CHICAGO- The Asian Carp Regional Coordinating Committee (ACRCC) today released its 2011 Asian Carp Monitoring and Rapid Response Plan (MRRP), outlining an aggressive set of actions to track and remove Asian carp in the Upper Illinois River and the Chicago Area Waterway System (CAWS) to prevent this invasive species from establishing in the Great Lakes.
In 2010, Federal and state partners executed an aggressive, coordinated Asian carp monitoring and sampling strategy, dedicating more than 16,000 hours to surveying and removing Asian carp in more than 200 miles of Illinois waterway. On-the-ground actions ranged from cutting-edge scientific analysis of water samples for Asian carp DNA to intensive use of traditional fishing methods such as electrofishing and netting. These actions were part of a comprehensive, multi-tiered Asian Carp Control Strategy Framework first released by the Obama Administration in May 2010. The 2011 MRRP
summarizes the monitoring results from 2010, continues and intensifies these monitoring and sampling actions to take advantage of new technology, tools and understanding of this invasive species, and outlines a strategy for rapid response in the event an Asian carp is found above the barrier system in the CAWS.
“This plan represents an intensive and collaborative response to Asian carp in Illinois waters and is a key part of the Obama Administration’s comprehensive and long term strategy to protect our Great Lakes from Asian carp.” said John Goss, Asian Carp Director for the White House Council on Environmental Quality. “By unifying Federal and state action, conducting vigilant monitoring, and developing and using cutting edge technologies, we are ensuring the most coordinated and effective response at all levels to safeguard the health of the Great Lakes and Great Lakes communities.”
The 2011 MRRP, which represents an estimated $7 million Federal investment, is designed with the flexibility to respond to new threats. Project plans can be categorized geographically as occurring either upstream or downstream of the electric dispersal barrier and grouped into the following five categories:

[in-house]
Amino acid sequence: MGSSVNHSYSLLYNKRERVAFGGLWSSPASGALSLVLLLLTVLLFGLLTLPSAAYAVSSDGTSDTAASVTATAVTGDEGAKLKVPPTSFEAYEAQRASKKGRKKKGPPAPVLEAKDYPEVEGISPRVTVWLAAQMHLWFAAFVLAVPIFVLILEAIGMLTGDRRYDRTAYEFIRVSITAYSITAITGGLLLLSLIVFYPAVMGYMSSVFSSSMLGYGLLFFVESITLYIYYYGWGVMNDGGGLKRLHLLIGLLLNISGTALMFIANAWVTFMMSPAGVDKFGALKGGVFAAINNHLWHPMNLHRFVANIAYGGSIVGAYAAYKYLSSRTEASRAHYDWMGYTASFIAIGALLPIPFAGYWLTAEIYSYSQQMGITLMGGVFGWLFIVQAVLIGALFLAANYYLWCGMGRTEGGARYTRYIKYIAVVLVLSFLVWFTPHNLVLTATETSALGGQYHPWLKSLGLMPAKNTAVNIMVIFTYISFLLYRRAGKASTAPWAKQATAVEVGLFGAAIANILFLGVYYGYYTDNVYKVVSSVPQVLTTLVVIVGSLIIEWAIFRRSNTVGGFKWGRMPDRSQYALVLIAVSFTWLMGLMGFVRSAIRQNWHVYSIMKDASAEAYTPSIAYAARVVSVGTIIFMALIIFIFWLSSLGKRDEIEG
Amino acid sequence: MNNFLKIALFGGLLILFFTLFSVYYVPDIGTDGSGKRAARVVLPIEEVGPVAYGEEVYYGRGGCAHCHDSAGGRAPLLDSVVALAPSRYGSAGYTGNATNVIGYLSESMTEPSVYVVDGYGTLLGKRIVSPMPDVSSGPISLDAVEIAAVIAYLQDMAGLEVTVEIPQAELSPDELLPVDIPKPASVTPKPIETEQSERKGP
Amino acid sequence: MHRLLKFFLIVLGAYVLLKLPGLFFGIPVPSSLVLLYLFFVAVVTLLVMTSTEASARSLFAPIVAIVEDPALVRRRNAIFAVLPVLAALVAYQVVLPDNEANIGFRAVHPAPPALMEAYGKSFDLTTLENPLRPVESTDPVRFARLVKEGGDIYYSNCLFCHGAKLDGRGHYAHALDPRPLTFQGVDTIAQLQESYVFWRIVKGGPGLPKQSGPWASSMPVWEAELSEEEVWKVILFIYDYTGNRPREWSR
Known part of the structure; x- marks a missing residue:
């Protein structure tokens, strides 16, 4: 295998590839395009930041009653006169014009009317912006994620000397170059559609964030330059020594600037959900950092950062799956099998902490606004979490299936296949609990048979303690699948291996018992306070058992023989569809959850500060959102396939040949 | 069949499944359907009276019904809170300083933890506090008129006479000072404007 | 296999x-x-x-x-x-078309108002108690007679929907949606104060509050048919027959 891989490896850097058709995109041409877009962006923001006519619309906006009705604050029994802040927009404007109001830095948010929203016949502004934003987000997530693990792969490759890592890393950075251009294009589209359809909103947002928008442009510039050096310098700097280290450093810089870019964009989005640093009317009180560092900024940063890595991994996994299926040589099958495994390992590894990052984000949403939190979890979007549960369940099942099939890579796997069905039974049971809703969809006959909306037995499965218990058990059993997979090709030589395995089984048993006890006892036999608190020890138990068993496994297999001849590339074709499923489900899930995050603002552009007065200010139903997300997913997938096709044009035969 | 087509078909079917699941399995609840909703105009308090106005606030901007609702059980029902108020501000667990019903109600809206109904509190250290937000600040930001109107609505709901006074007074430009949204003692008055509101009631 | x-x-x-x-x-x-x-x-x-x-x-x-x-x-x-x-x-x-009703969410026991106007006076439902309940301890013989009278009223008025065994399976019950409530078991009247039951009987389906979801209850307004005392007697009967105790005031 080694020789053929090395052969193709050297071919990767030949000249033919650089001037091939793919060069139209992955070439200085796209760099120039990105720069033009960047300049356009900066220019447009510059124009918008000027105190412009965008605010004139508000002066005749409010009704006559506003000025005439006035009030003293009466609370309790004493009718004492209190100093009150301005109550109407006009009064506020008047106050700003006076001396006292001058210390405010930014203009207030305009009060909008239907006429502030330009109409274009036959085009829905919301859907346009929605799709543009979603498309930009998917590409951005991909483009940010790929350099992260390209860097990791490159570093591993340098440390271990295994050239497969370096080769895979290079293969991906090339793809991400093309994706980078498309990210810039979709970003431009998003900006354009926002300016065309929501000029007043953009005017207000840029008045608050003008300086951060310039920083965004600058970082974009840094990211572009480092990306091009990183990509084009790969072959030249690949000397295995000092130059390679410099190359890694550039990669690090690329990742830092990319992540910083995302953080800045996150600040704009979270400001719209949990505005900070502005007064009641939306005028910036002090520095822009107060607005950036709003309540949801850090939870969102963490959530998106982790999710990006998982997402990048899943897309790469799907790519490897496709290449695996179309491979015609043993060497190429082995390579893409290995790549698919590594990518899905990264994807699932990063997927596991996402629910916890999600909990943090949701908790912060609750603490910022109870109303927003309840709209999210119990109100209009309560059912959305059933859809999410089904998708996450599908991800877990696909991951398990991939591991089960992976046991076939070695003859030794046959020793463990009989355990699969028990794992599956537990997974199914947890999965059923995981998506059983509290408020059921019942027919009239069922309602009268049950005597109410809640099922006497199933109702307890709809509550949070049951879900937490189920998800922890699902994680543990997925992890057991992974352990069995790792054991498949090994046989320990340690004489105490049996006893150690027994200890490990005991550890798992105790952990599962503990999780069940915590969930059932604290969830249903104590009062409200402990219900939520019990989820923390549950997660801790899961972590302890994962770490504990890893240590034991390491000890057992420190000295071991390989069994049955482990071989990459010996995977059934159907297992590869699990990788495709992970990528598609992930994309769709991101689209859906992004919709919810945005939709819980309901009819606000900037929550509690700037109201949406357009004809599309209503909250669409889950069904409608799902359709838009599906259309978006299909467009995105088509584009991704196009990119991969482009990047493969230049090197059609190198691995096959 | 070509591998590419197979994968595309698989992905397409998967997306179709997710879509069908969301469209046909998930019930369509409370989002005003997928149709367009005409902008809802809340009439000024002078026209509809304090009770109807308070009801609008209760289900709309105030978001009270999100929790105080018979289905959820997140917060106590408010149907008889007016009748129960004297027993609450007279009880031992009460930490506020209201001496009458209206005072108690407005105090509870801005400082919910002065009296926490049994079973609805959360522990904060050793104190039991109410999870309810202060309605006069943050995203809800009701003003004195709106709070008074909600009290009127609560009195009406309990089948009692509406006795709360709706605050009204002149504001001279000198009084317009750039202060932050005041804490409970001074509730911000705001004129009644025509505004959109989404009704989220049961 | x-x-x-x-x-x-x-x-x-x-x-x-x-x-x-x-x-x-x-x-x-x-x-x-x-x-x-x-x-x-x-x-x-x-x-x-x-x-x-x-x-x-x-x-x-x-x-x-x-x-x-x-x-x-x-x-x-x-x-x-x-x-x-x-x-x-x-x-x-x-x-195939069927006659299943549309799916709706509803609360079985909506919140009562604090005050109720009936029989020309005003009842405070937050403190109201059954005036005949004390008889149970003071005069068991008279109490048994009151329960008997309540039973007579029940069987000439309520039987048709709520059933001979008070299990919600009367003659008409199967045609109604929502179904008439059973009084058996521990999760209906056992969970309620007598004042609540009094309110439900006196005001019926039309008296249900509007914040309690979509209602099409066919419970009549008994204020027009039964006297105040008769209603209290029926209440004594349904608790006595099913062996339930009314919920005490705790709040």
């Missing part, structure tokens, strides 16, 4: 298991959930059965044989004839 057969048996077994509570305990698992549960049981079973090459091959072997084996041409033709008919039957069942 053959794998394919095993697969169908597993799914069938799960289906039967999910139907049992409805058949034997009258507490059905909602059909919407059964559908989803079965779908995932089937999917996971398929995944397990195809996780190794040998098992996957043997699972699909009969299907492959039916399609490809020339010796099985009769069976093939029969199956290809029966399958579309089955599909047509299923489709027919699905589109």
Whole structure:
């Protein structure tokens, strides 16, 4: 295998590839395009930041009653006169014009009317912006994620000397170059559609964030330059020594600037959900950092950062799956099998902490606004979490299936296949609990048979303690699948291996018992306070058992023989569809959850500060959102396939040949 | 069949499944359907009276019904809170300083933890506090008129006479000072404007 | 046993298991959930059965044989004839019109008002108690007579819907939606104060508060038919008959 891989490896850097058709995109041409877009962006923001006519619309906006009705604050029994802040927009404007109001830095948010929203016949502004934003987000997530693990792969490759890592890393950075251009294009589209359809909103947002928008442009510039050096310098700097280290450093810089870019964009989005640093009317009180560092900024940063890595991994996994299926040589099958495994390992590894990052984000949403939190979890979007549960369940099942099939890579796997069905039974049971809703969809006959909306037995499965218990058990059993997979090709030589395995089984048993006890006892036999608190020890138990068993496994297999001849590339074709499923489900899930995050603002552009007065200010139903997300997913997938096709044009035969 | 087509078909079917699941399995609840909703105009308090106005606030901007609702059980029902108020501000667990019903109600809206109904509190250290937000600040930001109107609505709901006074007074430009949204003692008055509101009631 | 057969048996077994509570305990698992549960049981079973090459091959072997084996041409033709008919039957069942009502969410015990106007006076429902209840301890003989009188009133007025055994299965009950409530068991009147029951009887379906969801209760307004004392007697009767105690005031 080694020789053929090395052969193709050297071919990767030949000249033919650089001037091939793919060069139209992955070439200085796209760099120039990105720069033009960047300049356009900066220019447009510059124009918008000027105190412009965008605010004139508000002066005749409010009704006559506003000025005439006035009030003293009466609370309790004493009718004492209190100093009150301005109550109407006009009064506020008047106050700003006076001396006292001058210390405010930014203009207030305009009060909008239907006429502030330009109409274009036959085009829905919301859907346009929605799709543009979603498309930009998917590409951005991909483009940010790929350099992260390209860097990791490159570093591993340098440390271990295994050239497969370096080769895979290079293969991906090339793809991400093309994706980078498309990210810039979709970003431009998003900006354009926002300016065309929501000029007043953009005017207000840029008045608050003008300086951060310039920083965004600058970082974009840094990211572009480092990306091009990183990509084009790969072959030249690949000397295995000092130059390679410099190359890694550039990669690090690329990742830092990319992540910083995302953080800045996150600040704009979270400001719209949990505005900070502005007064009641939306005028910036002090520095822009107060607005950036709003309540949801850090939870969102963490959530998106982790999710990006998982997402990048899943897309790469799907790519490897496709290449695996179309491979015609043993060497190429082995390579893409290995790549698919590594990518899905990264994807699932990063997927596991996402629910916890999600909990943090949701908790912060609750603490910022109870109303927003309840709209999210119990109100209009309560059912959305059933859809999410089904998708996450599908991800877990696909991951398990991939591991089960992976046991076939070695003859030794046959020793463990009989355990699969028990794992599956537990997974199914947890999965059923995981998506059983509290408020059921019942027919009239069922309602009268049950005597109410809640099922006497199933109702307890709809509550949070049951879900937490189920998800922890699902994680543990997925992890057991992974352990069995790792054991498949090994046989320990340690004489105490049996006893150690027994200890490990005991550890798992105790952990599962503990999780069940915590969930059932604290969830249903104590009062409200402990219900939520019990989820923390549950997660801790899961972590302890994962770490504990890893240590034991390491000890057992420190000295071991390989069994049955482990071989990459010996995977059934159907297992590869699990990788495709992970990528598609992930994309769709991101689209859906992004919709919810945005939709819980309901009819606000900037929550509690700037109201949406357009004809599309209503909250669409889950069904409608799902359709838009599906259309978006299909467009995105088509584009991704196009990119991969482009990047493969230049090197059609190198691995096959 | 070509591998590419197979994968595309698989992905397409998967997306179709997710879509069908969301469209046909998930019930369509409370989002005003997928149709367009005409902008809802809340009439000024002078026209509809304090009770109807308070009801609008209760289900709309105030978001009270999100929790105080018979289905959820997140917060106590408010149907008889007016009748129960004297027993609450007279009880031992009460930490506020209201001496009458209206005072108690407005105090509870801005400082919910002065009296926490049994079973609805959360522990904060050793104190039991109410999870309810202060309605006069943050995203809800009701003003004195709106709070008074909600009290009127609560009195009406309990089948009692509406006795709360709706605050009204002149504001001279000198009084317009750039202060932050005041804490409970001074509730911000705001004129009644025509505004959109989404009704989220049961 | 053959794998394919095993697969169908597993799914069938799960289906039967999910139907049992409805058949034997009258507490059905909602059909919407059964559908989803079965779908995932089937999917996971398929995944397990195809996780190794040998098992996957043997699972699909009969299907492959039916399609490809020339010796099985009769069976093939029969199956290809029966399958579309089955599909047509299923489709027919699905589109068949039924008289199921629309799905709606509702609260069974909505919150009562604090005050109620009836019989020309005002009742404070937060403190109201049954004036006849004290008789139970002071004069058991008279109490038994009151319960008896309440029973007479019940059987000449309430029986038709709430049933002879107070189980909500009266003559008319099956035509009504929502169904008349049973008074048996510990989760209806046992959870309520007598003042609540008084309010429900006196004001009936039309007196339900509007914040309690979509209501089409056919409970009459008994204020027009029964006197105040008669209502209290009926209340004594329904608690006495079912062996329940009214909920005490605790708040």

Includes the use of electrofishing and contract commercial fishermen to detect presence and location of any Asian carp DNA both above and below the barrier; continued use of eDNA to detect potential presence of carp above the barrier; and monitoring for small Asian carp to track where reproduction is occurring.
BARRIER EFFECTIVENESS EVALUATIONS
Efforts will include the use of telemetry to follow the movements of tagged surrogate species to assess movement near the dispersal barrier and through locks; use of sonar to track fish movement and caged fish to determine the effectiveness of the dispersal barrier; and monitoring for potential Asian carp spawning in the Des Plaines River to assess risk of eggs and larval fish passing through the barrier fence during flood events.
Efforts include contracting commercial fishermen to remove Asian carp downstream of the barrier; a rapid response process should any Asian carp be detected upstream of the dispersal barrier; and suppressing Asian carp during maintenance of the electric dispersal barriers.
TECHNOLOGY EFFECTIVENESS EVALUATIONS AND DEVELOPMENT PROJECTS
Efforts will evaluate efficiency and detection probability of technology currently in use for Asian carp monitoring, develop enhancements, and generate ideas for development of new approaches for capturing or repelling small populations of Asian carp.
ALTERNATIVE PATHWAY SURVEILLANCE
Efforts will include expanded education and enforcement activities at locations where live fish would most likely be transported and continued surveillance efforts.